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European Union (Withdrawal) Bill - Report (1st Day)

Part of the debate – in the House of Lords at 7:45 pm on 18th April 2018.

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Photo of Lord Marks of Henley-on-Thames Lord Marks of Henley-on-Thames Liberal Democrat Lords Spokesperson (Justice) 7:45 pm, 18th April 2018

My Lords, I start by apologising for arriving a moment after the noble Baroness had started speaking. I did not know what had happened to Amendment 13. I want to speak briefly in full support of the amendment from the noble Baroness, Lady Kennedy of The Shaws. I do not propose to rehearse all the arguments that we made at Committee at some length, but want to make four very brief points.

First, no one suggested in Committee, on behalf of the Government or anyone else, that the family law provisions contained in the European regulations Brussels I, IIa, the maintenance regulation and the arrangements for the enforcement of obligations and co-operation were not a considerable benefit to the citizens of the UK as well of other member states. Secondly, no one suggested that any benefit would flow from our not continuing to have those regulations applied in the United Kingdom. Thirdly, no one suggested that we could achieve reciprocal protections for UK citizens and citizens from other member states of the EU without negotiating for their continued protection. Fourthly and finally, all that could be said and was said by the Minister for the Government was that it was all a matter for the negotiations, but it would be possible to negotiate arrangements whereby we could continue to benefit from the regulations without accepting the role of the Court of Justice of the European Union in overseeing their implementation.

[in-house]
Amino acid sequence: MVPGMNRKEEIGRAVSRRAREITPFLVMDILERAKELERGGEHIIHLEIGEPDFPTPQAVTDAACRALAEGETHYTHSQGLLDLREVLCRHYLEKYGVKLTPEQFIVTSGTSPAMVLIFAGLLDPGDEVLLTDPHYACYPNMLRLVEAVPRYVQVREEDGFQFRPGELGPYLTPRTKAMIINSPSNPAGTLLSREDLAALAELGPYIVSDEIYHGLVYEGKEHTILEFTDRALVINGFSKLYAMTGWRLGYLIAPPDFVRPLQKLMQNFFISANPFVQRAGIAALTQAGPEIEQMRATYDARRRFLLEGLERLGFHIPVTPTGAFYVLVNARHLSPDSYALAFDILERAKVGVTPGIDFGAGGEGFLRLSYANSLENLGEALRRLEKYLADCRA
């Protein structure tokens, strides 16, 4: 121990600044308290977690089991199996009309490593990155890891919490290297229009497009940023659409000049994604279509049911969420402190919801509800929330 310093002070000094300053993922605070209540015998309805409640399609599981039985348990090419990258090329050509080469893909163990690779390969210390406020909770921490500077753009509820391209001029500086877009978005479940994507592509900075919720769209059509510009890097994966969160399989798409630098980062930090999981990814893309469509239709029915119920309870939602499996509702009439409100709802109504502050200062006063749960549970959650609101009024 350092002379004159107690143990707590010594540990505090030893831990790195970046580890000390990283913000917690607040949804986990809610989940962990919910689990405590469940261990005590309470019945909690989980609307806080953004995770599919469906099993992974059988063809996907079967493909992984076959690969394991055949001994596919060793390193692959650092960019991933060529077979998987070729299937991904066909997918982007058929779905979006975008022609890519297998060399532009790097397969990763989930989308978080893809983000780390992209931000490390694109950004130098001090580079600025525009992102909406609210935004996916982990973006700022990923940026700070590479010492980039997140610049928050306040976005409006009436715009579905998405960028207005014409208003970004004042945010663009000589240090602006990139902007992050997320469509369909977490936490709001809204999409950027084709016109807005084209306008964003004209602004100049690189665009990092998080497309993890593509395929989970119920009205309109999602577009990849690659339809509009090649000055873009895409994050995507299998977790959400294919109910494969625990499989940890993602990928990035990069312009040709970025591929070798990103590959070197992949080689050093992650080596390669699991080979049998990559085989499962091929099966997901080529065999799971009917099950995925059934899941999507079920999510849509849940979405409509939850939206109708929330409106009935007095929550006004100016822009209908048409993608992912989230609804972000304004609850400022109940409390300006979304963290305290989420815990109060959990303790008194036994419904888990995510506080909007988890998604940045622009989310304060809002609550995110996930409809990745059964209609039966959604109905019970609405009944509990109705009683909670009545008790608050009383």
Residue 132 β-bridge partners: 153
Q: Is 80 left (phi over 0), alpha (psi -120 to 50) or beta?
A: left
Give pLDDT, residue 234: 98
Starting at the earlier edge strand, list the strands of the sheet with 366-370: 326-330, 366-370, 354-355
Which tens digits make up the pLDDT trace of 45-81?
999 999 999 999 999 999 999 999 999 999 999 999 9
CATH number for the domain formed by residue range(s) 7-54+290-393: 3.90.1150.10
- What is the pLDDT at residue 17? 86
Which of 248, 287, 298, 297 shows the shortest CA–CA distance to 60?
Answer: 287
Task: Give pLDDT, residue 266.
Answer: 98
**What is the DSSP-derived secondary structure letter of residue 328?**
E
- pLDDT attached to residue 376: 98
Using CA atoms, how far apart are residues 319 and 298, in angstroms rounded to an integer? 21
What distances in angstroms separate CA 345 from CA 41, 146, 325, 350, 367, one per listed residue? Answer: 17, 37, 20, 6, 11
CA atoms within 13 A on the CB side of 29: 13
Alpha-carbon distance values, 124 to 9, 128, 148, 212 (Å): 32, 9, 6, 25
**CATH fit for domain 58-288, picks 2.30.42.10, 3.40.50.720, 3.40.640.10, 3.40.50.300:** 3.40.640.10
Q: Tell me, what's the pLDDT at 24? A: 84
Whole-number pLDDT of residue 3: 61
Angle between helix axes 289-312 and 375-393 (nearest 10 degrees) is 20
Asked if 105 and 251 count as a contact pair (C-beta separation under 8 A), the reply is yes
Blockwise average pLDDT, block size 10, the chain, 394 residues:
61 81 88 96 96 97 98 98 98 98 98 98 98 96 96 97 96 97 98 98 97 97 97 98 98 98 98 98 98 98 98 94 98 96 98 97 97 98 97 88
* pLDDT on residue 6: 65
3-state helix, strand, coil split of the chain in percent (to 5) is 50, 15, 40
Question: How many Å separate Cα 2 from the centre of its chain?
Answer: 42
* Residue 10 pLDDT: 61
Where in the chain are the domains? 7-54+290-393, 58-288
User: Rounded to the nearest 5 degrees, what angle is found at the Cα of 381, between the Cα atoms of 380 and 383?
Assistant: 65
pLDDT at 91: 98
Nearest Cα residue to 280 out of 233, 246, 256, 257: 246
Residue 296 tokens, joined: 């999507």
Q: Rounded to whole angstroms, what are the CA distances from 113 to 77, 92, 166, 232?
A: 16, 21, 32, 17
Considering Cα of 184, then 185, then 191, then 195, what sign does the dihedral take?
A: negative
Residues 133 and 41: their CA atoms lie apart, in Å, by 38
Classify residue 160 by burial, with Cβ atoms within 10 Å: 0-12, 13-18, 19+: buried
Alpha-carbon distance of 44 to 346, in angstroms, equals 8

It is on that point that I take issue with the Government, because I ask why the EU 27 should agree to a set of arrangements affecting private law rights—these are disputes between citizens of different member states, by and large—whereby citizens of those other member states have obligations that are enforceable in their courts at the instance of citizens of the United Kingdom, while the United Kingdom could refuse to honour such obligations unless the courts of the United Kingdom approve their enforcement. In other words, a different set of rules could be said to apply to the UK from the rest of the Union.

The Government’s obsession—and I use the word without embarrassment—with the direct effect of CJEU decisions in cases involving treaty rights threatens to scupper the whole system of family law protections that is so important to our citizens, as well as to the citizens of other member states. The noble Lord said that it would be easy to negotiate other agreements for non-binding decisions. That, I suggest, is simply impossible to achieve. I do not see any difficulty with our accepting, in the case of private law rights between citizens, the binding nature of decisions of the Court of Justice of the European Union. That way, we could commit, and commit early, to continuing to have all the rights and benefits for all citizens bound by the regulations for the foreseeable future.